In considering how peer relationships can aid street-level bureaucrats in doing their jobs, existing literature has emphasized the importance of peers in providing the social and emotional support required to deal with uncertain and stressful working situations. By applying a social network perspective to examine the innovative behavior of a sample of teachers in a large urban high school, this article highlights the importance of an additional factor: the location of a frontline worker’s position in the larger structure of social connections within the organization. In particular, multilevel statistical models reveal a positive association between the extent to which an experienced teacher is located in a network position that bridges across different organizational subgroups and his or her level of innovation, suggesting that experienced frontline workers may benefit from the information diversity that comes from having multiple and diverse social contacts. More generally, the study highlights the value of complementing individual and organizational insights with network-level perspectives for understanding the discretionary behavior of frontline professionals.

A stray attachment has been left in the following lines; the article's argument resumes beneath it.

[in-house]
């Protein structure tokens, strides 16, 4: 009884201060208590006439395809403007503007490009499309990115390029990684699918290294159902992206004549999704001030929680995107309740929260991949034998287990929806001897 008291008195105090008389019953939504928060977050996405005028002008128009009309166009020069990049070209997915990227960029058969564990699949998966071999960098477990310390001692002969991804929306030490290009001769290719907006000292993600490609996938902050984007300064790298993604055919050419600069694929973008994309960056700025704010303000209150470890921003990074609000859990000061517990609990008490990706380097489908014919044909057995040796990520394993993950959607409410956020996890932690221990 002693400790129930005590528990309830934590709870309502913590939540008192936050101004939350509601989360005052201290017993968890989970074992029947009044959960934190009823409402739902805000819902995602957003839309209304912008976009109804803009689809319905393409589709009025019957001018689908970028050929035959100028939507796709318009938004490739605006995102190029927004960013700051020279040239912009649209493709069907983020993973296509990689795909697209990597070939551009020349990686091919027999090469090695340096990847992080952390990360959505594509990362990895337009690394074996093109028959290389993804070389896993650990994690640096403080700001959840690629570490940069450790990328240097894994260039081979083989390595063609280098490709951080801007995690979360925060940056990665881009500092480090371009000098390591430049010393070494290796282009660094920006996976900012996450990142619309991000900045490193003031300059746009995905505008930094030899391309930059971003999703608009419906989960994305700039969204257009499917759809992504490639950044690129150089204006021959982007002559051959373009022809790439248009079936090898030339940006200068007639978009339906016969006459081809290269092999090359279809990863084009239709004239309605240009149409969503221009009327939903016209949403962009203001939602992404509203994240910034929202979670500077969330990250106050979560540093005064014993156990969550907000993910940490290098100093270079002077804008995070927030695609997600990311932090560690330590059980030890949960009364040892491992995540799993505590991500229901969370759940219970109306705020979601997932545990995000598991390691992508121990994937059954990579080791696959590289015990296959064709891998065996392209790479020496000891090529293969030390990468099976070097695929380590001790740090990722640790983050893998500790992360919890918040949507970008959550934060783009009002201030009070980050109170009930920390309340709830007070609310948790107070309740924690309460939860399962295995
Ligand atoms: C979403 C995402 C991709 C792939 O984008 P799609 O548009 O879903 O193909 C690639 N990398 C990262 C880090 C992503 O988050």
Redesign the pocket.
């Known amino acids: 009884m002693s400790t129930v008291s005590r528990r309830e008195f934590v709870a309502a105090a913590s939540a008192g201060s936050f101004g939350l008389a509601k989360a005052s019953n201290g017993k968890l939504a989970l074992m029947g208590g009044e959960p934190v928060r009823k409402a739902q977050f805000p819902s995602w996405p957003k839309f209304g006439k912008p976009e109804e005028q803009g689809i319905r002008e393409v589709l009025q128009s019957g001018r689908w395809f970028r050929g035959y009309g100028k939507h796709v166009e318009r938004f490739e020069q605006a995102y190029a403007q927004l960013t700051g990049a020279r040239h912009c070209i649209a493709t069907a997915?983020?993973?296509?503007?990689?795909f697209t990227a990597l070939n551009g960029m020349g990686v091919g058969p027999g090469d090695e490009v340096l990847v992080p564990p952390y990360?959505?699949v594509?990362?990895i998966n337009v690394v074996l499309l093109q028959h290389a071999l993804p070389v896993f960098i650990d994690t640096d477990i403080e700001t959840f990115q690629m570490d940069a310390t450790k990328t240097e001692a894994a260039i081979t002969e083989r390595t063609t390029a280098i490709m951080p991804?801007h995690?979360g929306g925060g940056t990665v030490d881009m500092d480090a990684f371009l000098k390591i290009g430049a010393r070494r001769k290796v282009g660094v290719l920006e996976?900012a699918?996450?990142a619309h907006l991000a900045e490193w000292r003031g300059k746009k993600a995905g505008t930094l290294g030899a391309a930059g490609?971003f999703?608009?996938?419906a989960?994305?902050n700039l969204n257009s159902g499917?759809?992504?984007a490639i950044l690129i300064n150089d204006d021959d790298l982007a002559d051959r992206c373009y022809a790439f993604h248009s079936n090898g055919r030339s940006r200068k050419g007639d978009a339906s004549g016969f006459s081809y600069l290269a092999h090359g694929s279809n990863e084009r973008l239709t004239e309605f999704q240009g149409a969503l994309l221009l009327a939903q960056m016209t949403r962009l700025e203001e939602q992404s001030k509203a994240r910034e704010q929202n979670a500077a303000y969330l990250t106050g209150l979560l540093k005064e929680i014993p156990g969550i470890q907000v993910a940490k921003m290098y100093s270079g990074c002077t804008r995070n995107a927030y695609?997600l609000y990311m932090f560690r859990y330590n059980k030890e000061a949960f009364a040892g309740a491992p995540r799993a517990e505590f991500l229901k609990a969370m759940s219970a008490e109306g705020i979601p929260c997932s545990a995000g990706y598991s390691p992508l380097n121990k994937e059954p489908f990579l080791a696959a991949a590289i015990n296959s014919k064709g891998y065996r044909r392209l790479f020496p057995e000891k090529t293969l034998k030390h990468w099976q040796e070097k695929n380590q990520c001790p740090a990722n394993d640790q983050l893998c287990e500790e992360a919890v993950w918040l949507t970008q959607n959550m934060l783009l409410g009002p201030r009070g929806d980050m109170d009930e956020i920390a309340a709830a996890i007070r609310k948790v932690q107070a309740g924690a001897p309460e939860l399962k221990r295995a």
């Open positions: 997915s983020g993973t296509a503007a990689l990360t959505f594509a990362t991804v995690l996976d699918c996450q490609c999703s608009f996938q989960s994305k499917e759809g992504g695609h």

- frontline workers
- social networks
ASJC Scopus subject areas
- Sociology and Political Science
- Public Administration